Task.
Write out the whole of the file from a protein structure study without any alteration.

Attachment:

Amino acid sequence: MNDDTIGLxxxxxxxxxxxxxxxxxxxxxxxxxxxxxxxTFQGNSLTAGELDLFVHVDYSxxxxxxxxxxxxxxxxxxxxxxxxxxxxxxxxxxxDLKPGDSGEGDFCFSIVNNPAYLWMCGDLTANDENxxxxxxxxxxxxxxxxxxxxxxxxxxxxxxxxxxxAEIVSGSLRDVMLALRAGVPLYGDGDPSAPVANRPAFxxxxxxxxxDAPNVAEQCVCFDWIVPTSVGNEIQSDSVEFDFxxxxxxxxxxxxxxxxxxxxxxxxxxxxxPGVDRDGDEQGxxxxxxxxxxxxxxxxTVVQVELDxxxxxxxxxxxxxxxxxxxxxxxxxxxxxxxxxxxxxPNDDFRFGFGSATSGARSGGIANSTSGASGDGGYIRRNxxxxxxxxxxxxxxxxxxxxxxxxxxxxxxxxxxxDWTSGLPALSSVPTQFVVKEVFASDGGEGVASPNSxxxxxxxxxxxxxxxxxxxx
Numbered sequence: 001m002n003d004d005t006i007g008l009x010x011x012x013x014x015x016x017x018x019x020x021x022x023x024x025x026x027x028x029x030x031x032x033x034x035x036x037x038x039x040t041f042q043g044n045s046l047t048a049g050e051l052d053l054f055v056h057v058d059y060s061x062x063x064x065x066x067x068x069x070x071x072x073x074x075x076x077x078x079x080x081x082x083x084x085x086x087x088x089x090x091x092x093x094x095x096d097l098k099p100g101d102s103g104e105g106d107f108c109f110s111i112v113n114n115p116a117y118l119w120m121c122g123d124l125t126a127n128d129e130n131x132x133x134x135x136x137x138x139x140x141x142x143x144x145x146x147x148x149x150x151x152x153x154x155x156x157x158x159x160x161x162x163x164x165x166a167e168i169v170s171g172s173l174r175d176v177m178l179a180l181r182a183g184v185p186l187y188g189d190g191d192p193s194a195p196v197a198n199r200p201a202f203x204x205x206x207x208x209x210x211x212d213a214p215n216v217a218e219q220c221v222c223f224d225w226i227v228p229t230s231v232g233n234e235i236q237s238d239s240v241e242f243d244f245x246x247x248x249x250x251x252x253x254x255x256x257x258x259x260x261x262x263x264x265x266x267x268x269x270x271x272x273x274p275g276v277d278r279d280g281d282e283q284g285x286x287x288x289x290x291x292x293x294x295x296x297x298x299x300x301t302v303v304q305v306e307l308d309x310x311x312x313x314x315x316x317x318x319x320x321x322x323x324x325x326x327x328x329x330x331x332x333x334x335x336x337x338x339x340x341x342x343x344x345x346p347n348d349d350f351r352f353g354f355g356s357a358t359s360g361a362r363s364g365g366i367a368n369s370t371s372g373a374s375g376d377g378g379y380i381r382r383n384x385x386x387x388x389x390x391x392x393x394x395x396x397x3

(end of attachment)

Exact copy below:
Amino acid sequence: MNDDTIGLxxxxxxxxxxxxxxxxxxxxxxxxxxxxxxxTFQGNSLTAGELDLFVHVDYSxxxxxxxxxxxxxxxxxxxxxxxxxxxxxxxxxxxDLKPGDSGEGDFCFSIVNNPAYLWMCGDLTANDENxxxxxxxxxxxxxxxxxxxxxxxxxxxxxxxxxxxAEIVSGSLRDVMLALRAGVPLYGDGDPSAPVANRPAFxxxxxxxxxDAPNVAEQCVCFDWIVPTSVGNEIQSDSVEFDFxxxxxxxxxxxxxxxxxxxxxxxxxxxxxPGVDRDGDEQGxxxxxxxxxxxxxxxxTVVQVELDxxxxxxxxxxxxxxxxxxxxxxxxxxxxxxxxxxxxxPNDDFRFGFGSATSGARSGGIANSTSGASGDGGYIRRNxxxxxxxxxxxxxxxxxxxxxxxxxxxxxxxxxxxDWTSGLPALSSVPTQFVVKEVFASDGGEGVASPNSxxxxxxxxxxxxxxxxxxxx
Numbered sequence: 001m002n003d004d005t006i007g008l009x010x011x012x013x014x015x016x017x018x019x020x021x022x023x024x025x026x027x028x029x030x031x032x033x034x035x036x037x038x039x040t041f042q043g044n045s046l047t048a049g050e051l052d053l054f055v056h057v058d059y060s061x062x063x064x065x066x067x068x069x070x071x072x073x074x075x076x077x078x079x080x081x082x083x084x085x086x087x088x089x090x091x092x093x094x095x096d097l098k099p100g101d102s103g104e105g106d107f108c109f110s111i112v113n114n115p116a117y118l119w120m121c122g123d124l125t126a127n128d129e130n131x132x133x134x135x136x137x138x139x140x141x142x143x144x145x146x147x148x149x150x151x152x153x154x155x156x157x158x159x160x161x162x163x164x165x166a167e168i169v170s171g172s173l174r175d176v177m178l179a180l181r182a183g184v185p186l187y188g189d190g191d192p193s194a195p196v197a198n199r200p201a202f203x204x205x206x207x208x209x210x211x212d213a214p215n216v217a218e219q220c221v222c223f224d225w226i227v228p229t230s231v232g233n234e235i236q237s238d239s240v241e242f243d244f245x246x247x248x249x250x251x252x253x254x255x256x257x258x259x260x261x262x263x264x265x266x267x268x269x270x271x272x273x274p275g276v277d278r279d280g281d282e283q284g285x286x287x288x289x290x291x292x293x294x295x296x297x298x299x300x301t302v303v304q305v306e307l308d309x310x311x312x313x314x315x316x317x318x319x320x321x322x323x324x325x326x327x328x329x330x331x332x333x334x335x336x337x338x339x340x341x342x343x344x345x346p347n348d349d350f351r352f353g354f355g356s357a358t359s360g361a362r363s364g365g366i367a368n369s370t371s372g373a374s375g376d377g378g379y380i381r382r383n384x385x386x387x388x389x390x391x392x393x394x395x396x397x3